summary Anatomical and physiological observations in monkeys indicate that the primate visual system consists of several separate and independent subdivisions that analyze different aspects of the same retinal image: cells in cortical visual areas 1 and 2 and higher visual areas are segregated into three interdigitating subdivisions that differ in their selectivity for color, stereopsis, movement, and orientation. The pathways selective for form and color seem to be derived mainly from the parvocellular geniculate subdivisions, the depth- and movement-selective components from the magnocellular. At lower levels, in the retina and in the geniculate, cells in these two subdivisions differ in their color selectivity, contrast sensitivity, temporal properties, and spatial resolution. These major differences in the properties of cells at lower levels in each of the subdivisions led to the prediction that different visual functions, such as color, depth, movement, and form perception, should exhibit corresponding differences. Human perceptual experiments are remarkably consistent with these predictions. Moreover, perceptual experiments can be designed to ask which subdivisions of the system are responsible for particular visual abilities, such as figure/ground discrimination or perception of depth from perspective or relative movement-functions that might be difficult to deduce from single-cell response properties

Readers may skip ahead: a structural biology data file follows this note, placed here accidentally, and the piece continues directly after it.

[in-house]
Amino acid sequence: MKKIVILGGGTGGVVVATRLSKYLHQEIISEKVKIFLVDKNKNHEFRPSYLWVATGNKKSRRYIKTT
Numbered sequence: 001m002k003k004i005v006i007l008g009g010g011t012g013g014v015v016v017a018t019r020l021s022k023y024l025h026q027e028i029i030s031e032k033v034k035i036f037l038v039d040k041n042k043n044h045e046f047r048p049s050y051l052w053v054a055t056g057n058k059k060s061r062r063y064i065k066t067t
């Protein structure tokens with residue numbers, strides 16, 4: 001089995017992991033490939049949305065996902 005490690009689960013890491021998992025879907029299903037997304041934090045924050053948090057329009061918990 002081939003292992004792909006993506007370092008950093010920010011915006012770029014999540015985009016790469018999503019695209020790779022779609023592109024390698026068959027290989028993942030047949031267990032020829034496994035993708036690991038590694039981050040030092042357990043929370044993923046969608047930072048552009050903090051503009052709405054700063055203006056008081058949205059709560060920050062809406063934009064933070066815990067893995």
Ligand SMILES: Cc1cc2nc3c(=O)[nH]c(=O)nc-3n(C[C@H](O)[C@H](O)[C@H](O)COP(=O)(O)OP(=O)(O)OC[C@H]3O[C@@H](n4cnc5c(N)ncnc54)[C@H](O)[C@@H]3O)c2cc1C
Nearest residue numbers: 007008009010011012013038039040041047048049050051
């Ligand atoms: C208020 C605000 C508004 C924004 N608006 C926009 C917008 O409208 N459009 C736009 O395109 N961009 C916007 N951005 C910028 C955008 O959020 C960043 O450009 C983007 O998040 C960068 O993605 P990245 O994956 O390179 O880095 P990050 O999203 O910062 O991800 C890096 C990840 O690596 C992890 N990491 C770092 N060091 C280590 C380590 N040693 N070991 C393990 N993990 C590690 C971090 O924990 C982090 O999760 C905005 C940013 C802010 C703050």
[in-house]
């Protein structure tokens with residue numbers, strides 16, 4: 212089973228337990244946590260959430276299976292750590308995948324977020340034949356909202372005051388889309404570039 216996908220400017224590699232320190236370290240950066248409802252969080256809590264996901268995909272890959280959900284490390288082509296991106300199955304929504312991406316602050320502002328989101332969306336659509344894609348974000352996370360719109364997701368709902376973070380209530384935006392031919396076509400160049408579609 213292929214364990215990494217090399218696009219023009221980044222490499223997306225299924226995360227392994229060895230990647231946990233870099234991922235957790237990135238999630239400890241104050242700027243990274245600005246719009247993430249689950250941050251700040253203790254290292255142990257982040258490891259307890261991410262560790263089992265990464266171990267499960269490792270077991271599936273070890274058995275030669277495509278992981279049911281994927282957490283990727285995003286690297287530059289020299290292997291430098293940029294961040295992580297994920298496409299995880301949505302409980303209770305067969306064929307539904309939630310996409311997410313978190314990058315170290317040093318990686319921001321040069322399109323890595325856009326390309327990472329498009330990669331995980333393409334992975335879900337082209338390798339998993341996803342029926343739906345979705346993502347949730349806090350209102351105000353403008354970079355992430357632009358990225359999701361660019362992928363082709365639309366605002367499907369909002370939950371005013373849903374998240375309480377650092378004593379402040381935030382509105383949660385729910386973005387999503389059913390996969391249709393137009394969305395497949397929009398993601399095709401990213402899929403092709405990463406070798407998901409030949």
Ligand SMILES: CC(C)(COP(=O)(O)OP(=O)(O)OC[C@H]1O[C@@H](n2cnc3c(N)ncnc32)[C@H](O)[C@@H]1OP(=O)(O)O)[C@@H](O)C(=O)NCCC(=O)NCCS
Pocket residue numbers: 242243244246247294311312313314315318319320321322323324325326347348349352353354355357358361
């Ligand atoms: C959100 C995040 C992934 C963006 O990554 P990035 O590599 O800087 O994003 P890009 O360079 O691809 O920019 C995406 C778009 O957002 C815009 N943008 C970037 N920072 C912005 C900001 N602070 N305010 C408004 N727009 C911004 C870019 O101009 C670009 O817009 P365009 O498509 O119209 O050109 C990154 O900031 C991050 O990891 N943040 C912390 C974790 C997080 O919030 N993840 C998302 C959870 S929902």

keywords color, theory, perception
series CADline
last changed 2003/06/02 08:24

_id 2a6e
authors McCullough, Malcolm
year 1988
title Representation in the Computer Aided Design Studio
source Computing in Design Education [ACADIA Conference Proceedings] Ann Arbor (Michigan / USA) 28-30 October 1988, pp. 163-174
summary Application of commercial computer aided design systems to schematic design in a studio setting in a professionally oriented university provides the opportunity for observation of extensive use of CAD by designers with little or no orientation toward computing. Within a framework of studios intended to contrast media and highlight the issue of design representation, the most encouraging applications of computing have involved dynamic visual design representation. This paper presents a case study of three studios at the University of Texas at Austin together with commentary on the place of computing in this essentially artistic environment. It presents, in slide form, a body of aesthetically oriented CAD work which signals the spread of computer aided design out of the hands of researchers and into mainstream architectural design, where development of the visual and dynamic aspects of the medium may prove to be primary routes to improvement of itS power and acceptance. Much like a first design project, this paper then presents a lot of observations without yet much rigorous development of any one. It asks implicitly whether application of software constitutes research.